It’s perhaps the most contentious issue in U.S. climate change policy right now: How can we deal with emissions of methane, a powerful if short-lived greenhouse gas, which has many sources but appears to be leaking into the air in considerable volumes from U.S. oil and gas operations?
The Obama administration is expected to release methane regulations for new sources of emissions very soon, and the EPA recently revised upwards, considerably, its estimates of how much methane is leaking into the atmosphere from the U.S. energy industry. And yet at the same time, there remains considerable scientific uncertainty and debate over just how much methane the U.S. is emitting and how much that has changed due to the current oil and gas boom — and over what those emissions even mean.
A new study in Nature Climate Change, for instance, gets at why understanding the importance of methane can be such a difficult, confusing affair. In particular, it takes issue with some of the math that has often been used to compare the consequences of emitting methane with the impact of the chief, long-lived global warming gas, carbon dioxide. And it finds that really, we may not even know how important our methane emissions are in the first place until we also know how quickly we’re able to get carbon dioxide under control.
“People are placing too much emphasis on methane,” says Raymond Pierrehumbert, a climate scientist at the University of Oxford and one of the paper’s authors. “And really, people should prove that we can actually get the CO2 emissions down first, before worrying about whether we are doing enough to get methane emissions down.”
The study was led by Myles Allen, also of Oxford, with colleagues from several other UK universities as well as institutions in Norway and New Zealand.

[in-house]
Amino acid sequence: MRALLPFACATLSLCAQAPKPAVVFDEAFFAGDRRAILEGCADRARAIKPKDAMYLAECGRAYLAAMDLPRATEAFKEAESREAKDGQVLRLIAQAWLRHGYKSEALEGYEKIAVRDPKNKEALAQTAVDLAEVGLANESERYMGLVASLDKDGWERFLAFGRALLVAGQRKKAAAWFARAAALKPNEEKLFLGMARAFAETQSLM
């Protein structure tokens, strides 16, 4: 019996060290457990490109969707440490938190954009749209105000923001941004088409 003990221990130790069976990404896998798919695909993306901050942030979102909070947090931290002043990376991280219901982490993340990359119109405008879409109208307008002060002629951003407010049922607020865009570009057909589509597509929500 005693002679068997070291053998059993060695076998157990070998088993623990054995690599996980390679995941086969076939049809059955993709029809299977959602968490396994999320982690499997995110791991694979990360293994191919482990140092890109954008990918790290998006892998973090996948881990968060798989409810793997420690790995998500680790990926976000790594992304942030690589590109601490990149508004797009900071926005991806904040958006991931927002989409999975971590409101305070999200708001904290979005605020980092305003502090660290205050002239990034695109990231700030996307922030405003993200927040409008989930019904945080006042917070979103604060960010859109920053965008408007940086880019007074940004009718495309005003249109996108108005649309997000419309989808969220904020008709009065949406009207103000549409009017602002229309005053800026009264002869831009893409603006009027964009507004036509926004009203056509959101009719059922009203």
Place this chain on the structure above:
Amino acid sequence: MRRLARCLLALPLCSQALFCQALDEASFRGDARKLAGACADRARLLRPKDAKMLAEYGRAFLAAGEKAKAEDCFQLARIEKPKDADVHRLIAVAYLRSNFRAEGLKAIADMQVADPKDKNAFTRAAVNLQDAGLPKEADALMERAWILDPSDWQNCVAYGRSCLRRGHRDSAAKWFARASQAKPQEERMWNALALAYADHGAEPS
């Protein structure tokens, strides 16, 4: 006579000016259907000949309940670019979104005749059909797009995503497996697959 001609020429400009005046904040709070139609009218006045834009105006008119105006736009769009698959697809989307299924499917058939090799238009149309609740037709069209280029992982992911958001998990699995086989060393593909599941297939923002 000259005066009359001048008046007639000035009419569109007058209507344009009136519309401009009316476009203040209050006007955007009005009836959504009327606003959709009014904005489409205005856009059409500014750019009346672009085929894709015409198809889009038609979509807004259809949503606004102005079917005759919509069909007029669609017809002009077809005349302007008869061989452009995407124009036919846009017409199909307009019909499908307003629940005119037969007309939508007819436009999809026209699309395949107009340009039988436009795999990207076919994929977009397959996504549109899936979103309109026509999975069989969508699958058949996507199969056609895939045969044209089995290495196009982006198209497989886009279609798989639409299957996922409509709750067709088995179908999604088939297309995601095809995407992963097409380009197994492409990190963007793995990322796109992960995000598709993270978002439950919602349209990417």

The key problem addressed by the study is that greenhouse gases are all different, and yet nonetheless, policymakers and analysts have a tendency to pool them all together by using a common metric, “carbon dioxide equivalents.” Thus, according to the EPA, while in 2014 the U.S. emitted 5.556 billion tons of carbon dioxide, it emitted 6.871 billion tons of carbon dioxide equivalents — the number rises because of the inclusion of emissions of methane, nitrous oxide and other greenhouse gases.
But all of these gases are different — after a pulse of methane is emitted into the atmosphere, half of it is no longer there after 8.3 years, and then only a quarter is left after another 8.3 years, and so on. That’s very different from the behavior of a pulse emission of carbon dioxide, some of which remains in the atmosphere for thousands of years.
The usual way to convert emissions of methane, black carbon, and other so-called short lived climate pollutants into carbon dioxide equivalents involves calculating their “global warming potential” over 100 years — thus, according to EPA, methane has 28 to 36 times as much warming impact as the same amount of carbon dioxide over a century. But the new study in Nature Climate Change finds that because methane has a shorter atmospheric life than carbon dioxide, the truth is that this gas – along with black carbon and various hydrofluorocarbons, or HFCs — really has an impact over 20 to 40 years, rather than 100. (The calculation is actually for all uses of the global warming potential approach, not just for methane.)
“The appearance of 100 years in the name of the metric really deceives a lot of people into thinking this is telling us something about temperature 100 years out, whereas it’s not,” says Pierrehumbert.
All of this may seem technical, but here’s why it matters. Governments are struggling to keep the global temperature from rising more than 2 degrees Celsius above pre-industrial averages, and would prefer holding it to 1.5 degrees — which means eventually bringing carbon dioxide emissions to zero. If the temperature peaks soon, say by the year 2050, then controlling the warming caused by methane, and other short-lived climate pollutants like black carbon, would mean a lower total peak temperature, the new study finds. In that case, these emissions definitely matter.